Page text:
Confusion reigns over town names (and locations)
It’s always entertaining when folks living outside of eastern ‘Carolina think they know all about us.
Heck, they can’t even figure out which towns are in which counties, or can’t come close to correctly pronouncing our names…..especially Ahoskie (“so, you’re from O-who-sky” one caller to my office recently posed).
And you wouldn’t believe how many phone calls I receive in a year’s time from folks all over who are searching for information from Chowan County, or Roanoke, VA. Just break out a map, please!
Perhaps what confuses the majority of non-residents the most is this scenario….the town of Hertford isn’t in Hertford County (rather, it’s in Perquimans); the town of Washington isn’t in Washington County (it’s in Beaufort); and the town of Beaufort isn’t in Beaufort County (it’s in Carteret).
Even one of the reporters from a leading high school sports network in North Carolina was baffled over what he perceived as Tarboro High opening their 2018 season with back-to-back playing dates vs. Washington. The Vikings traveled to Washington County High (formerly known as Plymouth High School) on Aug. 17 before hosting Washington (the town of; not the county of) High School on Aug. 24.
However, eastern ‘Carolina isn’t alone in having others making assumptions over the connection between town/city and county names. For example, Asheville isn’t in Ashe County (it’s in Buncombe); Lenoir isn’t in Lenoir County (it’s in Caldwell Co.); Pittsboro isn’t in Pitt County (it’s in Chatham Co.); Columbus isn’t in Columbus County (it’s in Polk Co.); and Henderson isn’t in Henderson County (it’s in Vance Co.).
But we’ve got it good. With the exception of Ahoskie, at least we don’t have to explain the origin of how our strange-sounding towns were named.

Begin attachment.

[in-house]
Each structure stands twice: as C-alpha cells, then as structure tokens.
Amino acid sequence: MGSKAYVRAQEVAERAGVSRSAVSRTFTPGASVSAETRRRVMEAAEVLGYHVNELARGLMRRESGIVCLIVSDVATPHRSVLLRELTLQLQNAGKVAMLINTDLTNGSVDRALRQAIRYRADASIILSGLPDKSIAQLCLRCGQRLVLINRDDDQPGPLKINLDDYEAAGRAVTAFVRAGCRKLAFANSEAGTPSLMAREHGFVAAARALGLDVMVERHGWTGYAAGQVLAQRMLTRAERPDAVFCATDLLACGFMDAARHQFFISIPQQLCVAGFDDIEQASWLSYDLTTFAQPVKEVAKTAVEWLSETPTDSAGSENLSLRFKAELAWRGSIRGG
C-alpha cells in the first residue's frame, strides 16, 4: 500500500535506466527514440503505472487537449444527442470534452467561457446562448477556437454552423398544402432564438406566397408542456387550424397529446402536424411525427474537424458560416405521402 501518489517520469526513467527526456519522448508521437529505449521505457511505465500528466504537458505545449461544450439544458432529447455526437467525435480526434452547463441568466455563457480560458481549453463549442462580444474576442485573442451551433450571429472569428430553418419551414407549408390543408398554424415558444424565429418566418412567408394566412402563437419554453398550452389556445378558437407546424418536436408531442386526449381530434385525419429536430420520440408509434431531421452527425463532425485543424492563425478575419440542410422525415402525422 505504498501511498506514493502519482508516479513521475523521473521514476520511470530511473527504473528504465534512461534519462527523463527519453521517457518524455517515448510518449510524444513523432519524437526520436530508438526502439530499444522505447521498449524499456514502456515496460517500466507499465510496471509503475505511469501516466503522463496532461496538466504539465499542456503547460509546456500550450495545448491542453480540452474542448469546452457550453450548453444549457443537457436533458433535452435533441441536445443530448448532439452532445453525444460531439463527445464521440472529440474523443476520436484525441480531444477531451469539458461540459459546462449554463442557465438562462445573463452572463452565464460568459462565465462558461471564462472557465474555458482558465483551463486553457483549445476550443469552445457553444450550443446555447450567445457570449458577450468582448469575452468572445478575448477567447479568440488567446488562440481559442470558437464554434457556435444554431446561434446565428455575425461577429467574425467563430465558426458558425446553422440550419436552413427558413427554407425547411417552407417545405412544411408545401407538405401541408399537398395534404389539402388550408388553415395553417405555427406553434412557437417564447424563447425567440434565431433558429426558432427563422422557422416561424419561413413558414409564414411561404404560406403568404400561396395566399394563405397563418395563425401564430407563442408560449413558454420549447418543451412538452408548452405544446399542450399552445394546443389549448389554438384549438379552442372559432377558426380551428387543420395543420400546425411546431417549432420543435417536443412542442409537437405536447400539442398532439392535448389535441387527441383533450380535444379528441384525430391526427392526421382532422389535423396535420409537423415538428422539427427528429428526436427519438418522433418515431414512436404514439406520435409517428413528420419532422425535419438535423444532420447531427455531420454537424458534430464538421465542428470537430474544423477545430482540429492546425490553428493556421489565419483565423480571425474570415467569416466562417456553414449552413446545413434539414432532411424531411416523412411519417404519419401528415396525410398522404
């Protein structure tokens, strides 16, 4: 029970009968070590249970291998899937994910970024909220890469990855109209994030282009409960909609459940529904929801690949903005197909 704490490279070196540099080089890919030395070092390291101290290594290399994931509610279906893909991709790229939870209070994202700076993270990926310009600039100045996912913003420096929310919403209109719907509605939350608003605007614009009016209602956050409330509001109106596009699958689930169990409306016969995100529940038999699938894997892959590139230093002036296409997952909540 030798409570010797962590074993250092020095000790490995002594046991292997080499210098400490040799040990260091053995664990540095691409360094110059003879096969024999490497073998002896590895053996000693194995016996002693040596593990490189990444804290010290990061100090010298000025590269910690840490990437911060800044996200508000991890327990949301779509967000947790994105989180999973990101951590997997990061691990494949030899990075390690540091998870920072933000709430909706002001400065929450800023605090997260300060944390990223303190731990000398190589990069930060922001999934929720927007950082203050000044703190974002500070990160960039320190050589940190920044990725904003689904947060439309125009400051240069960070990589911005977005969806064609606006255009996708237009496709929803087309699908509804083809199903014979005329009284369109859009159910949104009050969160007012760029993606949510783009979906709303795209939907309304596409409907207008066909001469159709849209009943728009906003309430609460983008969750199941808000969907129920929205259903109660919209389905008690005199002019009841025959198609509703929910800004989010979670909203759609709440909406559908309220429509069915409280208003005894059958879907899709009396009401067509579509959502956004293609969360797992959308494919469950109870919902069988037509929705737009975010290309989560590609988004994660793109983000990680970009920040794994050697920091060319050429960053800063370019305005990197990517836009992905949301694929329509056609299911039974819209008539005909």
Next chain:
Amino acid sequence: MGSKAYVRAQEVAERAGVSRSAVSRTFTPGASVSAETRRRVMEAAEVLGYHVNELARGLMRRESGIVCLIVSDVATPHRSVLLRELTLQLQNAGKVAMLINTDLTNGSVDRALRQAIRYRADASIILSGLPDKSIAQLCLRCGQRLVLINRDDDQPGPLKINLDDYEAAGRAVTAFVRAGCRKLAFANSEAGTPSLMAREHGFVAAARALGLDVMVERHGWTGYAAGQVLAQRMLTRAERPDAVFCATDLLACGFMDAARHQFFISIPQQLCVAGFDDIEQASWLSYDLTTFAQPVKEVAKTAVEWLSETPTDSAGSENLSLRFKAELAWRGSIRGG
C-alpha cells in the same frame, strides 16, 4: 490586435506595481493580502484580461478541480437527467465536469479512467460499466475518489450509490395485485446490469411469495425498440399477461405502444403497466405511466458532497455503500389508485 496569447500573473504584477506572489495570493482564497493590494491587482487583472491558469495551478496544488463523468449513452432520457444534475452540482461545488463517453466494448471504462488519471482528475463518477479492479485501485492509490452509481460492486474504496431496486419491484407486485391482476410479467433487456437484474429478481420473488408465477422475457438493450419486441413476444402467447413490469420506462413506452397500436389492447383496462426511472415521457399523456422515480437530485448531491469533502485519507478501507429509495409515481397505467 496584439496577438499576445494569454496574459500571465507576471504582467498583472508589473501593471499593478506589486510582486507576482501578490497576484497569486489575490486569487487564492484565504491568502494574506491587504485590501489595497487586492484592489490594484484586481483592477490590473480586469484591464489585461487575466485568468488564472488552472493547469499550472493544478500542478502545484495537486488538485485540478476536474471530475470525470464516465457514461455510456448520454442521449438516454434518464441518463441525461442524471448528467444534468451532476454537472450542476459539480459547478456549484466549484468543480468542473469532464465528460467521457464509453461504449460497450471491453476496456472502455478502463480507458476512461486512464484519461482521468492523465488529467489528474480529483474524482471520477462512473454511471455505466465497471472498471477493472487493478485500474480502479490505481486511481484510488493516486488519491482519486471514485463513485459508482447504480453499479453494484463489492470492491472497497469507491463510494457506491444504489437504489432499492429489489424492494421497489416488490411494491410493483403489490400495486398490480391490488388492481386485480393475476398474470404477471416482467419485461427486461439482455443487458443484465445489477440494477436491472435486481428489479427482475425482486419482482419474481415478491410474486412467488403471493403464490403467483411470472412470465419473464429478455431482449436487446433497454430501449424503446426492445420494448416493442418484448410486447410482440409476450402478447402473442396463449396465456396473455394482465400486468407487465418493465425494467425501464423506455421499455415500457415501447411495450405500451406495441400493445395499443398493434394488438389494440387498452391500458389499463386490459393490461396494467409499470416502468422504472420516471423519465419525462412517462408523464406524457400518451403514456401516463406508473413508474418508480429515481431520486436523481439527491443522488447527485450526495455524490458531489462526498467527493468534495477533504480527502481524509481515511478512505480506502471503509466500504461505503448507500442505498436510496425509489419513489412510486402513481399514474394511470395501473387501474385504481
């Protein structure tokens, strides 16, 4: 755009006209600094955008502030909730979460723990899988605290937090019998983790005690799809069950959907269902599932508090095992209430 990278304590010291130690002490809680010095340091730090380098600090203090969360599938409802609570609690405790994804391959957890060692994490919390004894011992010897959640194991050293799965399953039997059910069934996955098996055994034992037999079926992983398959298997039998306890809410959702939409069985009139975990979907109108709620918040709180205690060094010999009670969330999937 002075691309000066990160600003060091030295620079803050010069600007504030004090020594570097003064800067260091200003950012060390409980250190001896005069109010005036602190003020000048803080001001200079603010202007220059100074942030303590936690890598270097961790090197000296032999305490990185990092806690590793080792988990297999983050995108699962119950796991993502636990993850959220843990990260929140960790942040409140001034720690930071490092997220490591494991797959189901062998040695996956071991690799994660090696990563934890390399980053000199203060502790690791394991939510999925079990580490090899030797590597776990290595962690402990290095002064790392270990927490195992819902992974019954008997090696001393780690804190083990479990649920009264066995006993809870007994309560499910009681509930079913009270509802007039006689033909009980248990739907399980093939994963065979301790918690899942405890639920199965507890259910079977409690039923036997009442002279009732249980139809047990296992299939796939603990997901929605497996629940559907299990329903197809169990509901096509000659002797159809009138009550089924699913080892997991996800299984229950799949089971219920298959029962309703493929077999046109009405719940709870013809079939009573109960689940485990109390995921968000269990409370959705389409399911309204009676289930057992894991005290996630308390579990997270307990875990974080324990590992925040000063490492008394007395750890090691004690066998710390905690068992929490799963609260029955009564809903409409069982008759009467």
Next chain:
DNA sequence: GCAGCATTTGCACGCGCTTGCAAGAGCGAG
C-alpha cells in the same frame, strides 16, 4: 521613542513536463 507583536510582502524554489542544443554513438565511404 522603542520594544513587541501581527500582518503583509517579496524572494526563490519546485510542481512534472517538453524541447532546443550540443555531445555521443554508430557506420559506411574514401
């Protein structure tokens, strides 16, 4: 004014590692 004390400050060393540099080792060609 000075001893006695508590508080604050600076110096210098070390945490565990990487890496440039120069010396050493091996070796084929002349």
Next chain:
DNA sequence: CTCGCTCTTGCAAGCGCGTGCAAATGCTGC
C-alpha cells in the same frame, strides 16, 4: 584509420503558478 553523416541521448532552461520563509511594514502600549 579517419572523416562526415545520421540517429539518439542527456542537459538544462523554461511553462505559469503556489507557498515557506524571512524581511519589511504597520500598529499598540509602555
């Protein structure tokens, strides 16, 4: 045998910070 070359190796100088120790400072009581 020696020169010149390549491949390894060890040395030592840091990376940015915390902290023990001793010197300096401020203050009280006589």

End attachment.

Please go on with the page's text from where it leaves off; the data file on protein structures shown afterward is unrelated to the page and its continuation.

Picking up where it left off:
These are from the website www.mentalfloss.com:
The town of Screamer in Alabama got its name from 19th century Native Americans who used to loudly heckle white train travelers as they passed by what was then a reservation.
In Arizona, there’s a small community named Why near the U.S. – Mexico border. It takes its name from a Y-shaped intersection of two highways. Town folks there wanted to simply name it Y, but Arizona law requires a place name to contain a minimum of three letters – thusly, Why.
There is a No Name, Colorado. Seems that when a newly constructed exit off I-70 was originally marked No Name, those living there liked the name (or No Name) and decided to keep it in place.
There’s a place in Florida named Two Egg. Its name originated during the Great Depression when two local young boys were so strapped for cash that they paid a shopkeeper there for sugar by giving him two eggs in exchange.
It feels like Christmas every day of the year in this Indiana town – Santa Claus. At its founding, the town took the name Santa Fe, but in 1896 when they sought to secure a post office, postal officials told them to select another name since Santa Fe (New Mexico) was already taken. Thusly, Santa Claus, Indiana was born.
If you blink your eye and zip through one certain town in Kansas, you may see a sign proclaiming that “You Just Passed Gas.” However, Gas, Kansas got its name from natural gas being discovered there in 1898.
If you think your town is boring, then try moving to Boring, Maryland – named after its first postmaster, David J. Boring.
Yes, there is Hell on Earth, and it’s 15 miles northwest of Ann Arbor, Michigan. In the 1830s, the town settler, George Reeves, made a deal with local farmers to trade his homemade whiskey for the grain they grew. When the farmer’s wives knew their husbands were off dealing with Reeves, they were known to remark, “He’s gone to hell again.” The name stuck.
Other odd town names are Tightwad, Missouri; Candy Kitchen, New Mexico; Knockemstiff, Ohio; and Intercourse, Pennsylvania.
Ahoskie isn’t all that weird, now is it?
Cal Bryant is the Editor of Roanoke-Chowan Publications. Contact him at email@example.com or 252-332-7207.